# Sums of Products of Two Normal Variables

Suppose that $X_1 ,\ldots,X_n,Y_1,\ldots,Y_n$ are all independent normal random variables with different means and variances. What is the PDF of the following random variable?

$$X_1Y_1+\cdots+X_nY_n$$

or is there any way that I can find an approximation for its PDF?

• I see no reason to expect a nice formula. Do you have one?
– Did
Sep 5, 2013 at 14:39
• Then this is the prototypical question without answer, and opening a bounty will not change this. // @upvoters Why the upvote?
– Did
Sep 7, 2013 at 9:21
• The best approximation is probably to invoke the CLT (if $n$ is large enough) to say that the whole thing will be normally distributed. Then all you have to know is the mean and variance. The mean you can certainly get easily. I'd have to think a bit about if you could get a formula for the variance in terms of the means and variances of the $X$ and $Y$ variables. Sep 7, 2013 at 23:52
• There are generalizations of the CLT that apply even without identical distributions. Intuitively (forgetting the proofs), the sum of lots of random things happening tends towards normality, regardless of the underlying distributions, for many (most) practical problems in the real world. There are of course cases when this isn't true, but I suspect it is for your scenario. You can conduct some numerical experiments to convince yourself of this. I can provide some MATLAB code to motivate this, it's about ~15 lines. In my numerical investigations, even for $n=2$ its approximately normal. Sep 9, 2013 at 3:46
• pastebin.com/Pqi5fEu4 Sep 10, 2013 at 16:17

You want to know the distribution of

$$Z = \sum_{i=1}^n X_iY_i,$$

where $X_i$ and $Y_i$ are all normal and independent but not identically distributed. Let's calculate the mean and variance of $Z$:

$$\mathrm E[Z] = \sum_{i=1}^n \mathrm E[X_iY_i] = \sum_{i=1}^n \mathrm E[X_i]\mathrm E[Y_i].$$

You know the individual means of the normals, so the above sum can be calculated. Now the variance, knowing that covariance terms drop out because of uncorrelation due to independence

$$\mathrm{Var}[Z] = \sum_{i=1}^n \mathrm{Var}[X_iY_i] = \sum_{i=1}^n \mathrm E[Y_i]^2\mathrm{Var}[X_i]+\mathrm E[X_i]^2\mathrm{Var}[Y_i]+\mathrm{Var}[X_i]\mathrm{Var}[Y_i]$$

Again, this is all in terms of quantities you know, the means and variances of the underlying distributions.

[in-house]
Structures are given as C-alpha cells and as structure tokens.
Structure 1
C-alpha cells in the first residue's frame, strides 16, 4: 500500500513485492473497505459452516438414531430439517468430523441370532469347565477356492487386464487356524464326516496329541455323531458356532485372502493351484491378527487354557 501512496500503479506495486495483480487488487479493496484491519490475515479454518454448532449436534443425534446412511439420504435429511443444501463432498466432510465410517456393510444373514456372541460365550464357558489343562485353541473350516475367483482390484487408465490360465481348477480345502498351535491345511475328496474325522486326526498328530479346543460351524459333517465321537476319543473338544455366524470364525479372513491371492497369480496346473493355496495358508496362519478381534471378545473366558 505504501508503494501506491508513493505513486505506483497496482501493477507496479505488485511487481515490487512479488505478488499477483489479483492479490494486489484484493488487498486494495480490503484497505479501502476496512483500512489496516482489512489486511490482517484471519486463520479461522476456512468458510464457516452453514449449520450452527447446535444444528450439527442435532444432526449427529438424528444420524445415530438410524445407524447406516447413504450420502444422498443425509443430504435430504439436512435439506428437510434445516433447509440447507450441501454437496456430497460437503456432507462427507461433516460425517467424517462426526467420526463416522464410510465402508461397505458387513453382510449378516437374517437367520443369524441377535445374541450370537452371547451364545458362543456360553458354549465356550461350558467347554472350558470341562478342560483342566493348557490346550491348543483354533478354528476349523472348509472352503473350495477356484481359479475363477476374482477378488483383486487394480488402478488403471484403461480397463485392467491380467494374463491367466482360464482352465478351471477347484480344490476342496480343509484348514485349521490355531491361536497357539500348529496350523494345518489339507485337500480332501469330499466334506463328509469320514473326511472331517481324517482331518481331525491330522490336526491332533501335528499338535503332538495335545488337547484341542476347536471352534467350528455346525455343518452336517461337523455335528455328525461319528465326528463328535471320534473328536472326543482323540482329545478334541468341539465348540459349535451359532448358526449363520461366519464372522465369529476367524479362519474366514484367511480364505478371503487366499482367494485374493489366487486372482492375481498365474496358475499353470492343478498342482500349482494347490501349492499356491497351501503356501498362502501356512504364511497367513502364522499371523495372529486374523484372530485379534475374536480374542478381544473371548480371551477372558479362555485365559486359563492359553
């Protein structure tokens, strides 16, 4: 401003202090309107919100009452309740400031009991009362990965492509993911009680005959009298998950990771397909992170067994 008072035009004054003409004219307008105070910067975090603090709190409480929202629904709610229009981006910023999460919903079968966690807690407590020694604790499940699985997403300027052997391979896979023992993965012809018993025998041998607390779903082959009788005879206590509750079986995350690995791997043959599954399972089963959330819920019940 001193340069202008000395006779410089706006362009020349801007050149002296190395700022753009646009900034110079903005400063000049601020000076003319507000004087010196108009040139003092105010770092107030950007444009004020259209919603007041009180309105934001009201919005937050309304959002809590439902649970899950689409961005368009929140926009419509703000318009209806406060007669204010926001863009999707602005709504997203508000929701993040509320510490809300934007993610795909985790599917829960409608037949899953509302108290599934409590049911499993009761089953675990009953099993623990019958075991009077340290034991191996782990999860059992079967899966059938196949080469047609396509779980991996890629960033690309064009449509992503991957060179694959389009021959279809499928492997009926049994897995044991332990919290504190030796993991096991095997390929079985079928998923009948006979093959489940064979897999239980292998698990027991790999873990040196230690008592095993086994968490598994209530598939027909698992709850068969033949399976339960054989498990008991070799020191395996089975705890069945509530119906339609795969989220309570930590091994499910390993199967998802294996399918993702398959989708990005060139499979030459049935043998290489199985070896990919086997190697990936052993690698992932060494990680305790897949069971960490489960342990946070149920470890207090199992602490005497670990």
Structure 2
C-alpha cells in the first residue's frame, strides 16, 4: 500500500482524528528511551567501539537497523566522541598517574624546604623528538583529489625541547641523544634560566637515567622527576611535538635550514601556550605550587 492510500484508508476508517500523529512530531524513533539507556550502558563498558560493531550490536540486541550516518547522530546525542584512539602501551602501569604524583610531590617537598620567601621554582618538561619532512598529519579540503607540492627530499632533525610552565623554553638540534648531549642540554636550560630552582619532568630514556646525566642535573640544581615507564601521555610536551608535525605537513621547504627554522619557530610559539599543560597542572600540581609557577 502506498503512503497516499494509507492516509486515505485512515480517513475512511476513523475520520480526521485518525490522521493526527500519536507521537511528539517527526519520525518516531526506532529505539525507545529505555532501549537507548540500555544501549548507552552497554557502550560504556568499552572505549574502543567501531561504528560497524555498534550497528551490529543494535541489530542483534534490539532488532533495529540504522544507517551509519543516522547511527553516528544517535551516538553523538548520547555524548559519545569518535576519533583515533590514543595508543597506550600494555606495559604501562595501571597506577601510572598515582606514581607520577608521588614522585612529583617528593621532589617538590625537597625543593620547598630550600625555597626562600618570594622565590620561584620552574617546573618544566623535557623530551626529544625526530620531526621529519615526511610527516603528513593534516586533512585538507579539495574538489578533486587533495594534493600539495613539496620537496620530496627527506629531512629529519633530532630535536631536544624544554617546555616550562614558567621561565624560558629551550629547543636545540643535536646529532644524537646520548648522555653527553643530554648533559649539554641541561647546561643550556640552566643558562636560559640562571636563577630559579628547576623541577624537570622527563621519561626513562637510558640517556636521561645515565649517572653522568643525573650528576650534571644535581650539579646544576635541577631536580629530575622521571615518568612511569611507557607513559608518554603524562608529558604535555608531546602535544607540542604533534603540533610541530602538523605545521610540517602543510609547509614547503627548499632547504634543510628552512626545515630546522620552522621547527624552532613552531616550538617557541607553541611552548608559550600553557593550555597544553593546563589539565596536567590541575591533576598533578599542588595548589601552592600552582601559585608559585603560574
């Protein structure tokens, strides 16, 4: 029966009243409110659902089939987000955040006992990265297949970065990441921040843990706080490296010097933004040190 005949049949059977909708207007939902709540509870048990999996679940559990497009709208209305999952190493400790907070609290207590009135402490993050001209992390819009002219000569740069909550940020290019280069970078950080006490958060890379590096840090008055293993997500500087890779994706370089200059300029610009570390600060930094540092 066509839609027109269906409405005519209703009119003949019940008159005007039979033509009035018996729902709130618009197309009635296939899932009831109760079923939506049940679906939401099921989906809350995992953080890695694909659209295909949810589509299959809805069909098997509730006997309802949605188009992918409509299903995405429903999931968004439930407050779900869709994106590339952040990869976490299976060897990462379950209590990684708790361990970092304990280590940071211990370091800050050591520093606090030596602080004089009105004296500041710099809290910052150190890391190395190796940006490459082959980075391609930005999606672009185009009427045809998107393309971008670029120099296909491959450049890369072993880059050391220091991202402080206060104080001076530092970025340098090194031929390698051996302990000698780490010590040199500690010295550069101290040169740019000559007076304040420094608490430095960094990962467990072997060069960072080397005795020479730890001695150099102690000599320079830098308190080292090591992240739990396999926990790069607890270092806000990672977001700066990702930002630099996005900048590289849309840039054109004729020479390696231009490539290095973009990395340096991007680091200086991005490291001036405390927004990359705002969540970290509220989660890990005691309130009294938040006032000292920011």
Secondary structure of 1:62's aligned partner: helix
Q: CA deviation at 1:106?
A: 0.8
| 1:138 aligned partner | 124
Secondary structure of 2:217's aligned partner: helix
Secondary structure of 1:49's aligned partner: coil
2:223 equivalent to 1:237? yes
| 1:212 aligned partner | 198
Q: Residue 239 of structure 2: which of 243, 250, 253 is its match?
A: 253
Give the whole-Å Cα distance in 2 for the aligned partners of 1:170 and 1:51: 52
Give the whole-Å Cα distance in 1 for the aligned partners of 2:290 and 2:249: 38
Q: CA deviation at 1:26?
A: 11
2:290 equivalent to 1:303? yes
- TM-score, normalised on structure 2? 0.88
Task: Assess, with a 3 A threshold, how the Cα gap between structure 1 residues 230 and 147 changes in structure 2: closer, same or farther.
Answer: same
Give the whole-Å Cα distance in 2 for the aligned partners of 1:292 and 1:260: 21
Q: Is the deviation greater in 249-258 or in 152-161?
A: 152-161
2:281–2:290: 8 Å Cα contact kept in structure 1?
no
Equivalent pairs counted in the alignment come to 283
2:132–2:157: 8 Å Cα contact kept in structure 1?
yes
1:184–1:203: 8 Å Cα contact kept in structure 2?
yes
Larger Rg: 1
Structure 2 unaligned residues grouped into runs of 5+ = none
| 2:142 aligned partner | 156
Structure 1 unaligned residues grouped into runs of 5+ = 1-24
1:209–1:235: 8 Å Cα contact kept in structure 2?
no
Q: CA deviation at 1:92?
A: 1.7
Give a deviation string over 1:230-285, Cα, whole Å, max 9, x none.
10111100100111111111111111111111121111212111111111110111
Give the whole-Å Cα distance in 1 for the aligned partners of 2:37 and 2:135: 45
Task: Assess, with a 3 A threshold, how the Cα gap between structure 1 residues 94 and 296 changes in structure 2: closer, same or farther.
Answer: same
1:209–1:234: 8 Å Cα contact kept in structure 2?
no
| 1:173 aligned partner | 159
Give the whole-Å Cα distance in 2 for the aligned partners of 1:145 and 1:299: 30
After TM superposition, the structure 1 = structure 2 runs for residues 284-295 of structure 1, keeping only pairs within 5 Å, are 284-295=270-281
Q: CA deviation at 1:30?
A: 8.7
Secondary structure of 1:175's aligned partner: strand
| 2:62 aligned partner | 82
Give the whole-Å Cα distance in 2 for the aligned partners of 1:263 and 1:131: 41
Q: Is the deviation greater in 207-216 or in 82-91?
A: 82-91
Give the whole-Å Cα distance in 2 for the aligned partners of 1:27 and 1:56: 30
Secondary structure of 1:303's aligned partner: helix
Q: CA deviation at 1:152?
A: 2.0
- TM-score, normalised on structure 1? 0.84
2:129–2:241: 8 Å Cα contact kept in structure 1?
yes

So, IF the CLT applies, your answer is that $Z\sim\mathcal{N}(\mathrm{E}[Z],\mathrm{Var}[Z])$. Rigorously proving that this is true for your particular case and your particular distributions is up to you, but my claim is that it is true. I pastebinned some numerical calculations to support my claim.

• Updated MATLAB to demonstrate that the variance formula works too: pastebin.com/d6g5rs1A Sep 10, 2013 at 16:46
• I have a question about your MATLAB code. Lets say N=2, Ntrials=2, so we have X=[a b;c d], Y=[e f;g h], to make samples for X1Y1+X2Y2 you just multiply a by e, I think we need to consider all the cases ,i.e. we should also multiply a by f too, the same for the summation. so with 2 number of trials and N=2, you create 2 samples, but the total number of possible cases is 16.
– May
Sep 22, 2013 at 20:32
• $ae$ represents a single realization of the random variable $X_1Y_1$. $bf$ is another realization. Every time you want a realization of $X_1Y_1$, you generate two fresh random numbers and multiply them together. In fact, reusing them for the different possible "cases" as you suggest would lead to non-independent answers. Do you see how $ae$ and $af$ depend on each other? On the other hand, $ae$ and $bf$ do not. NEVER reuse random variables if you want independence. If you want independence, draw fresh numbers from the random number generators. Sep 25, 2013 at 14:27
• Thanks a lot for your explanation, you are right. Is there any theory/book regarding this issue (i.e. creating dependent/independent random numbers)?
– May
Sep 25, 2013 at 21:22

The product $Z_i=X_iY_i$ obeys the product normal distribution, which has a characteristic function given in: Characteristic function of product of normal random variables. As a result the characteristic function of your random variable is given by a product of the similar characteristic function (after matching to the various means and standard deviations). You can solve the question by approximating the Fourier transform of the resulting characteristic function.

• how can I use FT to approximate it?
– May
Sep 13, 2013 at 17:12
• Sample the Fourier transform at the resolution you wish, while neglecting the tale of the characteristic function. If for example, all the expectations are 0 and all standard deviations are 1, start sampling the Fourier transform at the range $\omega \in [-10,10]] every 0.01 Hz and evaluate the PDF by performing a numeric Fourier transform over the samples. If you are using matlab I can help you write an example. – SBM Sep 14, 2013 at 19:16 • Yes I am using MATLAB. that would be perfect thanks. – May Sep 14, 2013 at 19:36 • The code assumes normalized random variables ($EX_i=0 \sigma_X=\sigma_Y=1$) and gives you two options of computations, numeric and analytic using the Matlab symbolic functions: N=5;$ $syms W X;$ $CF= (1/sqrt(1+W^2))^N;$ $minFreq=-10;$ $maxFreq=10;$ $resolutionFreq=0.01;$ $w=minFreq:resolutionFreq:maxFreq;$ $cf=double(subs(CF,W,w));$ $minX=-10;$ $maxX=100;$ $resolutionX=0.1;$ $x=minX:resolutionX:maxX;$ $% First Option$ $E=exp(jx'*w);$ $pdf=Ecf.'/(2*pi);$ $plot(x,pdf)$  $%Second Option$ $pdf=(ifourier(CF,W,X))';$ $pdf % Show the pdf as an expression$ $ezplot(pdf)$ \$
– SBM
Sep 14, 2013 at 20:46
• Thank you. But the characteristic function in (math.stackexchange.com/questions/74013/…) is for standard normal random variables. I think first I need to find the characteristic function for the general case. Any help would be appreciated, thank you.
– May
Sep 16, 2013 at 23:14